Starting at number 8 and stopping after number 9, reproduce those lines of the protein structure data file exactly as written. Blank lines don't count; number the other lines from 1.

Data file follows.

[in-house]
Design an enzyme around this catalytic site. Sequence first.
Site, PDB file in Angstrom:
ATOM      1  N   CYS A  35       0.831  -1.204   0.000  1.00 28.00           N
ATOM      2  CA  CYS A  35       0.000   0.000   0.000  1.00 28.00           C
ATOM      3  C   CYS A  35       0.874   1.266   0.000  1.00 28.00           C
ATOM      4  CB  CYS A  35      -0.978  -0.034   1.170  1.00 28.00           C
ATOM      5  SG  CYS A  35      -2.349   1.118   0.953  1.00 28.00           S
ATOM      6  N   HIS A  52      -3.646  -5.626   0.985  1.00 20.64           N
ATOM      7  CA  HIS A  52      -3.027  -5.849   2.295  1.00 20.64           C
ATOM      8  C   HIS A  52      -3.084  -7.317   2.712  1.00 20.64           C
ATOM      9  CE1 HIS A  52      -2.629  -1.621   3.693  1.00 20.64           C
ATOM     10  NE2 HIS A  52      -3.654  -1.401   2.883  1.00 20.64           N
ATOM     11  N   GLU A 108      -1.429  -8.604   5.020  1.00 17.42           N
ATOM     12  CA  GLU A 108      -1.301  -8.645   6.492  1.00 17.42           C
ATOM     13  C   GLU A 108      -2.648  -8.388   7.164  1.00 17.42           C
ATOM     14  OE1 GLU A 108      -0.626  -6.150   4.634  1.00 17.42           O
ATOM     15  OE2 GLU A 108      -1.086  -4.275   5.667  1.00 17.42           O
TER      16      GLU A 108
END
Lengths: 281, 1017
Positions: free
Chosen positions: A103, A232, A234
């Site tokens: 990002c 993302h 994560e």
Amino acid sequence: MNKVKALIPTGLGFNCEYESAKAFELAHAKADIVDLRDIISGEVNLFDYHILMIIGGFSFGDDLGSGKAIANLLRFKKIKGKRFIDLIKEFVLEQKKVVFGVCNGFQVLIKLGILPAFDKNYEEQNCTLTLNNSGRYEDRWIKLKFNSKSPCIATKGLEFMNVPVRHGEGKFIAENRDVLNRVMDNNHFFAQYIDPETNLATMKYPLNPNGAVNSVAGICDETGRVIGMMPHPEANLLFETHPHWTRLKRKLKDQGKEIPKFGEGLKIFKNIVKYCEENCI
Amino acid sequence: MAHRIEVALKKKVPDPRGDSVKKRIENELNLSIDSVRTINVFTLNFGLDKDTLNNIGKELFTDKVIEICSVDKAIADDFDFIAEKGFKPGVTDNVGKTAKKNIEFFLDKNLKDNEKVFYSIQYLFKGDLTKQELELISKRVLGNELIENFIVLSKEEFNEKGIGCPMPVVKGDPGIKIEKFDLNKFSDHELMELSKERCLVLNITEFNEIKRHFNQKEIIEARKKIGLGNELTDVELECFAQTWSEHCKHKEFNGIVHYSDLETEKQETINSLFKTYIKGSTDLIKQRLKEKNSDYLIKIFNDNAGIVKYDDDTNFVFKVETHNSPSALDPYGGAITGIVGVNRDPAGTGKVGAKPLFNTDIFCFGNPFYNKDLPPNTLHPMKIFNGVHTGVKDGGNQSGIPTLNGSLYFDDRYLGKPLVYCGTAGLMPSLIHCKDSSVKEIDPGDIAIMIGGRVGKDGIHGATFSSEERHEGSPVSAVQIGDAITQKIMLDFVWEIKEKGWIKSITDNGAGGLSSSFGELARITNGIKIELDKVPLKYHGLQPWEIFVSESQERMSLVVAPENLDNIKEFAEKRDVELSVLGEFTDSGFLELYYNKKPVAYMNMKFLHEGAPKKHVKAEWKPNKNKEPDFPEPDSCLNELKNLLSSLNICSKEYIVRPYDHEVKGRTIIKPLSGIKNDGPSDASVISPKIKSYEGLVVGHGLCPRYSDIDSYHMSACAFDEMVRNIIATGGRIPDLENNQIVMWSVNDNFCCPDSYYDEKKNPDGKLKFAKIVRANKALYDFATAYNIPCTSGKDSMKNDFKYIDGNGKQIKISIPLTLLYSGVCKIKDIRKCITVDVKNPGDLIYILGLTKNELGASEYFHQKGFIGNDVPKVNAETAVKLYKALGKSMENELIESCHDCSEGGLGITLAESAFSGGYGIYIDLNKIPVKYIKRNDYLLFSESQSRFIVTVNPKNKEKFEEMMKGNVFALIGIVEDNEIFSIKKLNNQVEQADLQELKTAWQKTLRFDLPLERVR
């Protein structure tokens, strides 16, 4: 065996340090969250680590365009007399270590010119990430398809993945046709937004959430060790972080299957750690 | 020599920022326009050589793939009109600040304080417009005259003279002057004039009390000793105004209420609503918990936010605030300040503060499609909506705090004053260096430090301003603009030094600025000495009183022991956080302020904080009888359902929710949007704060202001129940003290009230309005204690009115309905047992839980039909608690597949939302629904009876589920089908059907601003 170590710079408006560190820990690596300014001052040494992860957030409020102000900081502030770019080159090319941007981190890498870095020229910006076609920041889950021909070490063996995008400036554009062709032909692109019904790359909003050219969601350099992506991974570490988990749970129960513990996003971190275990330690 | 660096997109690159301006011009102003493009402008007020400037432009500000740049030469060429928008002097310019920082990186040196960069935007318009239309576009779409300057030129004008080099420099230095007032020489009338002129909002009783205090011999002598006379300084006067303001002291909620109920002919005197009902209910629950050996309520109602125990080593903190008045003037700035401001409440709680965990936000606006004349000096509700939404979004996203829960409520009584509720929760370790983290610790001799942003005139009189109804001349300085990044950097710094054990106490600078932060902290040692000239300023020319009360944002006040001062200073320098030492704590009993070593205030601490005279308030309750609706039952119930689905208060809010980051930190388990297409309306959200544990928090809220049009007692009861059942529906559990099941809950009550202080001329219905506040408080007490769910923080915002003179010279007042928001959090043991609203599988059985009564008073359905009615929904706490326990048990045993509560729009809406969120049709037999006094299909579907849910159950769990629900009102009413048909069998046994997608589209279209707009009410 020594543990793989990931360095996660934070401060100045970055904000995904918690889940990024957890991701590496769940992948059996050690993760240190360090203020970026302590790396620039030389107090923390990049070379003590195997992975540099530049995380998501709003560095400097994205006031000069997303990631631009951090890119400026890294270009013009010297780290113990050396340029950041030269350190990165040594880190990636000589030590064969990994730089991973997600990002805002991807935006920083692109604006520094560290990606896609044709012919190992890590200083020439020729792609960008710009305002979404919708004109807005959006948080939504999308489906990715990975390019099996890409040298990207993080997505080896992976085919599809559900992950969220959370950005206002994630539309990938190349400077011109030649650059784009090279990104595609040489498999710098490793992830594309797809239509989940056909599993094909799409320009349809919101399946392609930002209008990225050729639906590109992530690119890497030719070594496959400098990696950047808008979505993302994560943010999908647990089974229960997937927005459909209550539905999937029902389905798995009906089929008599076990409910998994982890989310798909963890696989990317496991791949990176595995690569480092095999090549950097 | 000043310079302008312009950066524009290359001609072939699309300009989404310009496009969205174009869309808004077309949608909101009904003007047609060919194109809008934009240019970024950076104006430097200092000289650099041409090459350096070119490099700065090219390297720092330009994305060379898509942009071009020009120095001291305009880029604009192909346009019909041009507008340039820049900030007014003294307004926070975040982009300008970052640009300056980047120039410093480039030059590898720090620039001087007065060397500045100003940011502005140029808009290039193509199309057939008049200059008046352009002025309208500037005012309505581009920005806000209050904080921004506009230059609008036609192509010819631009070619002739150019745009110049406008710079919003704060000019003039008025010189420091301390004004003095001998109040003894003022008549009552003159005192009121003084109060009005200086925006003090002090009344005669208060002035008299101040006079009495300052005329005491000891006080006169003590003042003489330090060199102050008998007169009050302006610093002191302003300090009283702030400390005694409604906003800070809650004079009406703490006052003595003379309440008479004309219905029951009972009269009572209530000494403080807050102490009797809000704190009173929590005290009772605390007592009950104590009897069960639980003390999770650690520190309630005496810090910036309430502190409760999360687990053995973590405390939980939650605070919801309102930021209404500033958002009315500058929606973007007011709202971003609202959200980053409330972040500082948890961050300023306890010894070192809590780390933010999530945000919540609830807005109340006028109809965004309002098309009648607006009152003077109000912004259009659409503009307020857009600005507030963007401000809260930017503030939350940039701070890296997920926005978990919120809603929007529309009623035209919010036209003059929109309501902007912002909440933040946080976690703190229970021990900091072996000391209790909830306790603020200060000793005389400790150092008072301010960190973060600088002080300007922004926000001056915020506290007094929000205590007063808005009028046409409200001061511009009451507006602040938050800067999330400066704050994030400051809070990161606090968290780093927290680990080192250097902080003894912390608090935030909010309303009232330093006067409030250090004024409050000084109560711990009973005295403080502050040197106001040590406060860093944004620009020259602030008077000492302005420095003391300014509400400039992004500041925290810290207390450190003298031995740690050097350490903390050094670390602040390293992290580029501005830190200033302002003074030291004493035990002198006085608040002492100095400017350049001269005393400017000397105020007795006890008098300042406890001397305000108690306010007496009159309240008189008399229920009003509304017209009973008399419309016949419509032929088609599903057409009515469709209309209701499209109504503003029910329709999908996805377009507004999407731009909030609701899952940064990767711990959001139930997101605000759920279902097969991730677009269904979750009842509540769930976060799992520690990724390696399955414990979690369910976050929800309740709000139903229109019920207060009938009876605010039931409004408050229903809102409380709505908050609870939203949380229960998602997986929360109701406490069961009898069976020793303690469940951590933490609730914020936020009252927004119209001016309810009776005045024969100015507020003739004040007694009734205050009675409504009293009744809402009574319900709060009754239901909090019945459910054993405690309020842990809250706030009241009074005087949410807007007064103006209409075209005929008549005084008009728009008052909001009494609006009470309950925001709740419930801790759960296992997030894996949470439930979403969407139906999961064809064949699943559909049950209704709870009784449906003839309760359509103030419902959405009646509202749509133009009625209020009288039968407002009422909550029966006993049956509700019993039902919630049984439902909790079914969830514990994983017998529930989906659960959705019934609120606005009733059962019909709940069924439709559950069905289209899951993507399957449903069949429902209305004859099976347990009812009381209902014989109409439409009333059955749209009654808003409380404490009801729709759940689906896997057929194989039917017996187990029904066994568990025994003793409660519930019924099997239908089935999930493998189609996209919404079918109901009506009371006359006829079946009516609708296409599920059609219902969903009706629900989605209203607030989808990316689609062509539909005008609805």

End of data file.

ATOM      5  SG  CYS A  35      -2.349   1.118   0.953  1.00 28.00           S
ATOM      6  N   HIS A  52      -3.646  -5.626   0.985  1.00 20.64           N